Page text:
Alaska hits record 3,640 COVID-19 cases in 2 days as omicron cuts health workforce

Alaska health officials reported 3,640 new cases of COVID-19 over two days on Friday, a record increase that is not yet overwhelming hospitals but is forcing health workers to stay at home.

The sudden increase in new cases is linked to the arrival of the omicron variant, which appears milder than previous variants but is spreading incredibly quickly, according to health officials. They continue to advocate vaccination and booster shots as the best way to avoid serious illness.

The state also reported an additional death from the virus and an increase in hospitalizations of 70 patients, up from 56 reported on Wednesday, after the number of patients remained fairly stable over the past month. The deceased was a man in his 60s who lived in the Hoonah-Angoon and Yakutat area.

But hospital officials say there is already another kind of pressure: As cases skyrocket, more healthcare workers are calling in sick. Even if they don’t feel bad, they still need to be off work for at least five days after a positive COVID-19 test or close contact.

“Monday is like, ‘OK, I don’t feel like it’s totally touched yet.’ Then it’s overnight – all of a sudden we start hearing patient calls, ”said Jared Kosin, president and CEO of the Alaska State Hospital and Nursing Home Association.

Residents of Anchorage accounted for more than 2,000 reported cases in Friday’s two-day tally.

The new number of cases recorded daily represents an increase of almost 120% from the nearly 1,600 total cases reported Monday and Tuesday: 1,784 resident cases were reported on Wednesday and 1,750 more on Thursday, according to the Ministry of Health and of Alaska Social Services. The previous record, set in the previous push, was 1,719 in September.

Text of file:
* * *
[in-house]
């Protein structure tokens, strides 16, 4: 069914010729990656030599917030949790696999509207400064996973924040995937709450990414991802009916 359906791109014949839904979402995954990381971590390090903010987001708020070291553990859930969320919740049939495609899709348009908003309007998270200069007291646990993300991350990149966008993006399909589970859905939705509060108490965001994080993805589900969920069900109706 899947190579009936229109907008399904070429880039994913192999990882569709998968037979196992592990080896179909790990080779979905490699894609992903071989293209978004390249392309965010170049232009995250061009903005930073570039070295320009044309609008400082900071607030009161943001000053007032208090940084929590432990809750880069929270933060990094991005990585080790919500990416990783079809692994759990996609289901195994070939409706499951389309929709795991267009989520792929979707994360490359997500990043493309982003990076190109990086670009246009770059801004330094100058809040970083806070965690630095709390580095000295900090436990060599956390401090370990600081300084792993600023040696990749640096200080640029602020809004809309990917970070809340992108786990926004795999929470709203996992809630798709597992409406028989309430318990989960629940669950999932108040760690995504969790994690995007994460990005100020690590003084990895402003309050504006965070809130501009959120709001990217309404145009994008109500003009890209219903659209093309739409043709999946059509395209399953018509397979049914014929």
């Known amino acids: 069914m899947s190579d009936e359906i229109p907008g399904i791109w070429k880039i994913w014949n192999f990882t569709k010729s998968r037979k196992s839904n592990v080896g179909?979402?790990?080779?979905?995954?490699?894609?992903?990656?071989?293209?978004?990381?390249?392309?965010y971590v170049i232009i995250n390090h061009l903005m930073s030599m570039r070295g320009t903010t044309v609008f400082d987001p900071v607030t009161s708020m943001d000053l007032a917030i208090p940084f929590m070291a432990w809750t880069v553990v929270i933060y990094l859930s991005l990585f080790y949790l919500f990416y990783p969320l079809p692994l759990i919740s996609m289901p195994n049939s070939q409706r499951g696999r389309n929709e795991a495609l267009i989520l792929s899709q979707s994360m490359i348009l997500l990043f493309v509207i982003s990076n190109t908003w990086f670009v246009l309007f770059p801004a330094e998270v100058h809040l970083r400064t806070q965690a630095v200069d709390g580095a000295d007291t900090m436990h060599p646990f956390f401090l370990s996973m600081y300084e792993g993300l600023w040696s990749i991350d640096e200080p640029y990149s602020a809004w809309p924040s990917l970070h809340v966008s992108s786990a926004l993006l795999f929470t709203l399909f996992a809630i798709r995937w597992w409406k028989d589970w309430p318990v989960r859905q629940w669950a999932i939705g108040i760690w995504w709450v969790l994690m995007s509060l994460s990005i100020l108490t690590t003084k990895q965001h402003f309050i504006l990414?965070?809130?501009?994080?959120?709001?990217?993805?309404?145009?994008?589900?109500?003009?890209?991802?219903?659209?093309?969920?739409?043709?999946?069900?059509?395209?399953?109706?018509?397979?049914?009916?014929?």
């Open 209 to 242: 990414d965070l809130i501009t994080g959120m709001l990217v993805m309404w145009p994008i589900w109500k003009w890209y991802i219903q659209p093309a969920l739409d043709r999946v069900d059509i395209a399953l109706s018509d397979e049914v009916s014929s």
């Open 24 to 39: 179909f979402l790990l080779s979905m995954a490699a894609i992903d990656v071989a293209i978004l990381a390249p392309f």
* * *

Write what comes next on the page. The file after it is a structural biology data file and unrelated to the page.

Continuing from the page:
The state reported 106 new cases over two days involving non-residents.

After the fall thrust caused by the delta variant, cases, hospitalizations and deaths gradually declined. But that trend – at least for new cases – is now shaken by a dramatic surge here that mirrors models across the country as the omicron variant spreads at unprecedented speeds.

In the week after Christmas, Alaska saw a 262% increase in the number of COVID-19 cases compared to the seven-day average for the previous reporting period.

The explosive increase looks alarming, but some experts recommend focusing instead on COVID-19 hospital admissions, which are not climbing as quickly.

Many people, especially those who are vaccinated and boosted or have had COVID-19 in the past, show mild symptoms and recover quickly, said Dr. Anne Zink, Chief Medical Officer of Alaska. Even people hospitalized with the variant do not need as long care as they did with previous relapses caused by other variants.

“The majority of Alaskans have been vaccinated. Many, many more people have had COVID, ”Zink said, adding that a previous infection appears to offer some protection. “I think the cases are now really different from the wave and the way they were before, very different from two years ago, when no one had been vaccinated and no one had seen the virus.”